To get at the heart of the debate over alternative renewable energy sources, we must address the good, the bad, and the ugly truth. These components help shape our opinions over the matter. We can parse the winning and losing arguments by understanding the advantages and disadvantages of these energy sources.
We are working hard to promote renewable energy. We all know it has the power to tackle problems that lot of us face. For instance, climate change on a global scale, atmosphere pollution in our cities and towns, and acidity in our oceans. Fortunately, green electricity is increasingly more fashionable and economical around the world.
Renewable Energy Will Not Run Out
Green energy technologies utilize resources straight from the environment to generate power. These energy sources include sun, wind, tides, and biomass. Renewable resources won’t run out, which is not valid for several kinds of modern fuels. Eventually, the fossil fuel system will be hard to extract over time because of driving cost and its impact on the environment.
Renewable Energy Runs More Efficiently
Typically, renewable energy technologies require less maintenance than generators that use fossil fuel sources. That is because power generating technologies like solar panels and wind turbines have few or no moving parts. Fewer maintenance needs mean they will run for a longer time.
Huge Savings Opportunity
Using renewable energy can save you money long term. Not only will you save on costs, but upkeep costs as well. When you are using a technology that generates power from the sun, wind, steam, or processes that are natural, you don’t need to pay to refuel. The amount of money you can save using energy can fluctuate depending on a variety of factors. In most cases, transitioning to clean energy means anywhere from hundreds to thousands of dollars in savings.
Better Health and Environmental Benefits
Renewable energy production sources emit little to no greenhouse gases or pollutants to the air. It places a smaller carbon footprint and a generally positive effect on the environment.
On the other hand, fossil fuels emit significant levels of greenhouse gases. That increases global temperatures and the frequency of extreme weather events. Using fossil fuels not only emits greenhouse gases but other harmful pollutants. Fossil fuel also contributes to respiratory and circulatory health issues. You can help reduce pollutants and add to an overall healthier atmosphere.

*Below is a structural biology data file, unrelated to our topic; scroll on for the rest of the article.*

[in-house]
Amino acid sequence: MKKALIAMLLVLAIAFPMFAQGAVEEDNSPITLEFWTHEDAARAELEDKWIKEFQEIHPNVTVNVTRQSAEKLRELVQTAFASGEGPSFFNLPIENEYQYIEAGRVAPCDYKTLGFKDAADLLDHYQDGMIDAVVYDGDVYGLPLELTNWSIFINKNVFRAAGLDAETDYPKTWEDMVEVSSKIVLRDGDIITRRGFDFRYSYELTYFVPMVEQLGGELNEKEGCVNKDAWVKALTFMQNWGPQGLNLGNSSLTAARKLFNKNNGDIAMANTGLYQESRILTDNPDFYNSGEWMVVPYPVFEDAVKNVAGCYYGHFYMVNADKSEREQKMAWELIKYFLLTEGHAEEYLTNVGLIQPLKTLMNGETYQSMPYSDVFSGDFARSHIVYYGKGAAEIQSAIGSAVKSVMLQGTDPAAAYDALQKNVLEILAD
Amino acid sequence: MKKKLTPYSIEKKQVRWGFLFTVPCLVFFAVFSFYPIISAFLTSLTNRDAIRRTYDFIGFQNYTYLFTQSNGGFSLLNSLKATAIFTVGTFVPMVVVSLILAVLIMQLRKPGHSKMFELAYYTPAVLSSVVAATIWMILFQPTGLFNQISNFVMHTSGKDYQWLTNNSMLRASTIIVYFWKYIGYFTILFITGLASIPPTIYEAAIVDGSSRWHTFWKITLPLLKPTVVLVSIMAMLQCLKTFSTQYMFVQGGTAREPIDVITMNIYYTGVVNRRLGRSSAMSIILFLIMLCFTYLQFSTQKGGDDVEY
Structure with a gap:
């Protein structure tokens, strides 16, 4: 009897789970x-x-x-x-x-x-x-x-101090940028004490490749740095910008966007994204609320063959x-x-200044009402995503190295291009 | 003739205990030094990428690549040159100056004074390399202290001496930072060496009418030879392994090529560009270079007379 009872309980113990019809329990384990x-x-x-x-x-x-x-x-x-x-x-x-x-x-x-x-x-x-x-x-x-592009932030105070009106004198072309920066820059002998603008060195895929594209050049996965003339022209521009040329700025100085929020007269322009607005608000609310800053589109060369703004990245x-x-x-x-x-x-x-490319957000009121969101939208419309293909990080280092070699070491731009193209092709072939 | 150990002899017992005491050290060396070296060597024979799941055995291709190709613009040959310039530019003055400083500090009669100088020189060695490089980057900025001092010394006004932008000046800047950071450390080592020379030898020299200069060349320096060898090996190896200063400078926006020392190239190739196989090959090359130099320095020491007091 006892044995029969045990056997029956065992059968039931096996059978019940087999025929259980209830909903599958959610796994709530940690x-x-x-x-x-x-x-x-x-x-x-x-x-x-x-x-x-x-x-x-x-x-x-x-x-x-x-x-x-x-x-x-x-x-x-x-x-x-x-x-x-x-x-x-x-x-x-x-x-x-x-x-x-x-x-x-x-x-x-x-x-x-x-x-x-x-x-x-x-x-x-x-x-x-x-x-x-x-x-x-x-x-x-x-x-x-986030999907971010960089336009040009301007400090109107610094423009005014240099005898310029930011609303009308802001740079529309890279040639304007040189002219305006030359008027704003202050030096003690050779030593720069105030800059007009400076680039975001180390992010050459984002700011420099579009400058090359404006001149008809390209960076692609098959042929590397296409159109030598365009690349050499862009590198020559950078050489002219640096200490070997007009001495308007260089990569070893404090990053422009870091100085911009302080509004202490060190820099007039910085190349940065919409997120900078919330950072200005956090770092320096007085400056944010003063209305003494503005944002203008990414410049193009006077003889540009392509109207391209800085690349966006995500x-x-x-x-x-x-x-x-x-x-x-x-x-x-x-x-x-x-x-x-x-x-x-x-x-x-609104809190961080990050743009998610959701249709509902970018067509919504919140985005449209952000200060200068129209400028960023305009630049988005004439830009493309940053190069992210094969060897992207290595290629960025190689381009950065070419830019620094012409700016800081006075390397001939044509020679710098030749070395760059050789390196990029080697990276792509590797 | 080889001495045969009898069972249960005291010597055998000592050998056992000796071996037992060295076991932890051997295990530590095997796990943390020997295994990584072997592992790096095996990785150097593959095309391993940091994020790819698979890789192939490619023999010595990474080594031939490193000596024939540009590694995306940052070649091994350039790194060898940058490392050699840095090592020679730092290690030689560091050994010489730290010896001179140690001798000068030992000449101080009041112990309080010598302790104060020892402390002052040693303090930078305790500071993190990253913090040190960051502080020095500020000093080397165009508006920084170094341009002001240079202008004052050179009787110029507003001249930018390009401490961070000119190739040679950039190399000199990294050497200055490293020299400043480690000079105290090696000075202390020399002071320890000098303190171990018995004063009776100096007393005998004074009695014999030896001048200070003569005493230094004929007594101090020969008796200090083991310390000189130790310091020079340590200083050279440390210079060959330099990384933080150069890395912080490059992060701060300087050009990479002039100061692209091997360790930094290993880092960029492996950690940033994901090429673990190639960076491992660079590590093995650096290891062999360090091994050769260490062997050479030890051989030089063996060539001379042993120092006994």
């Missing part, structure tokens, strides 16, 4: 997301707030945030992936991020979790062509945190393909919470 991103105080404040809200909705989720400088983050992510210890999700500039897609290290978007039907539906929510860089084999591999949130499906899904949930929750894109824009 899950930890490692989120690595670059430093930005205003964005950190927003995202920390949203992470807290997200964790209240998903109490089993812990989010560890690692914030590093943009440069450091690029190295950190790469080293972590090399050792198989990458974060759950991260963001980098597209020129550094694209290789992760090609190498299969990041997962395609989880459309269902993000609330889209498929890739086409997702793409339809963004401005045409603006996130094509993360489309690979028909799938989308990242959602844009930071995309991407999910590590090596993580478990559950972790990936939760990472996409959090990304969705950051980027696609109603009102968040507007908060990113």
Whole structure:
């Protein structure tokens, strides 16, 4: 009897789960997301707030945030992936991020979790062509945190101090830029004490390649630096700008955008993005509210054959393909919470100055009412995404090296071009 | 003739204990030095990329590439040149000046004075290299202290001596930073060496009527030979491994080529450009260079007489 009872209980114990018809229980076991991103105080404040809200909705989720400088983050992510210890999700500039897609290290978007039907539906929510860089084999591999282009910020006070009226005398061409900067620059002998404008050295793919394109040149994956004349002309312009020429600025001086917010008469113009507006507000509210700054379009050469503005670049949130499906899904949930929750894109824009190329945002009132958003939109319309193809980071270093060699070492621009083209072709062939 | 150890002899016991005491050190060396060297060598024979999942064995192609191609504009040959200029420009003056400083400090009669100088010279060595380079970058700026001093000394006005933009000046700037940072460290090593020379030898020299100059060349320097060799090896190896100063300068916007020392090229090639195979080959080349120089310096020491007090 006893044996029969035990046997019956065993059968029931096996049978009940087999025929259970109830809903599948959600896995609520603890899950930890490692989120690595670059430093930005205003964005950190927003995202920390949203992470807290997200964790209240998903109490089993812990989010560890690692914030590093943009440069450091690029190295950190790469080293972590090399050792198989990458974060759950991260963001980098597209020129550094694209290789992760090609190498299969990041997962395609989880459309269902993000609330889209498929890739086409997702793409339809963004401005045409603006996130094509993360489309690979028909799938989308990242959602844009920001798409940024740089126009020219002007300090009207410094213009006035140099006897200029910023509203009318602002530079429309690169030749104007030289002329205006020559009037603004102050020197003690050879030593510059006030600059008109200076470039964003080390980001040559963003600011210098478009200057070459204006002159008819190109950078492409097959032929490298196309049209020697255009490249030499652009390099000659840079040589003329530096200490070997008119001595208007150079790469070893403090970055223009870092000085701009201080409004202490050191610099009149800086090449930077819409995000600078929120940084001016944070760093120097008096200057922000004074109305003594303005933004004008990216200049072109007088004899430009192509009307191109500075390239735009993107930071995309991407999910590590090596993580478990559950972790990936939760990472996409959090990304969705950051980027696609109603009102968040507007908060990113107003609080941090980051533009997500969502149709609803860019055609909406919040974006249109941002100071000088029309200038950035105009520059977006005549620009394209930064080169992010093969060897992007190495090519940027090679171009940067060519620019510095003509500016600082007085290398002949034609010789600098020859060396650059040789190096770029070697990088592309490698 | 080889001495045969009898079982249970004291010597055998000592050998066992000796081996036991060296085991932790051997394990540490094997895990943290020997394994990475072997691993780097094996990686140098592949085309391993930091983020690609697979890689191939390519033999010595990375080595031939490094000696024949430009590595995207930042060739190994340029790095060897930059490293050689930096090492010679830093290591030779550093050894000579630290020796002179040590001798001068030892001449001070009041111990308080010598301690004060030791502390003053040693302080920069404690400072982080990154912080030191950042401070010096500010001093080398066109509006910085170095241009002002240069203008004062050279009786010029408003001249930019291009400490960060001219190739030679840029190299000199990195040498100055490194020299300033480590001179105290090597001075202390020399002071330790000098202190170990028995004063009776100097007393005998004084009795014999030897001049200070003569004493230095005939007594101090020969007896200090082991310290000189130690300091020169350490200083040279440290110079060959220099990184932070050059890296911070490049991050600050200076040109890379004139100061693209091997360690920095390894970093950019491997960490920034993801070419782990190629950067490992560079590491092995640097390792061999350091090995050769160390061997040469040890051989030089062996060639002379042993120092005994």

Less Reliance on Foreign Energy Source
You can create energy locally with clean energy technologies. The more renewable energy you are using for your energy needs, the less you are going to rely on imported energy.
Although some forms of clean energy have been around for a while, we now have no choice but to adopt new renewable technology.
Not Everyone Can Afford it Right Now
Upfront, the technology is more expensive than traditional energy generators. There are often monetary incentives, such as tax credits and rebates, available to help alleviate your initial costs of renewable technology.
On-Demand Availability May Be Limited
A number of these energy resources are not available year-round in some locations and instances. Some days might be windier than others, the sun does not shine at night, and droughts may occur for several days. On the other hand, fossil fuels may be turned off or on at any time.
Because of the irregularity of some renewable energy resources, there’s a high demand for energy storage. While there are storage technologies available now, they can be expensive, especially for large scale renewable energy plants. It’s worth noting that electricity storage capacity is growing as the technology progresses. For instance, batteries are becoming more affordable with new technology.
The United States has diverse geography with varying climates, topographies, vegetation, and more. It is a beautiful melting pot of landscapes but also means that there are some geographies which are more suitable for renewable technologies than others.
For example, a large farm with open space may be an excellent place for a residential wind turbine or a solar energy system. While a townhouse in a city with tall buildings will not have the ability to reap the advantages of either technology.
If your property isn’t suited for renewable energy technologies, there are other choices. If you’re interested in solar but don’t have a sunny property, you can purchase green power or enroll in a community solar alternative.
The Ugly Truth
In conclusion, renewable energy sources like hydropower, wind power, solar energy, geothermal energy, biomass, are alternatives to fossil fuels that contribute to the improvement of the environment. They also help increase more opportunities for alternative energy supply and self-reliance.
However, we may all not be on the same pace to adopt renewable energy. Our differences in opinions create a gridlock that stalls the innovation of technology that can help reduce the cost and speed for developing alternative energies.
More importantly, we may all not be on the same time table that our environment demands. So the more significant challenge may lie understanding whether the Earth can sustain the current usage of fossil fuels.
Fortunately, the positives outweigh the negatives when it comes to renewable energy. Transitioning to renewables on a personal, corporate, or governmental level will not only help you save money but also encourage a cleaner, healthier environment for the future.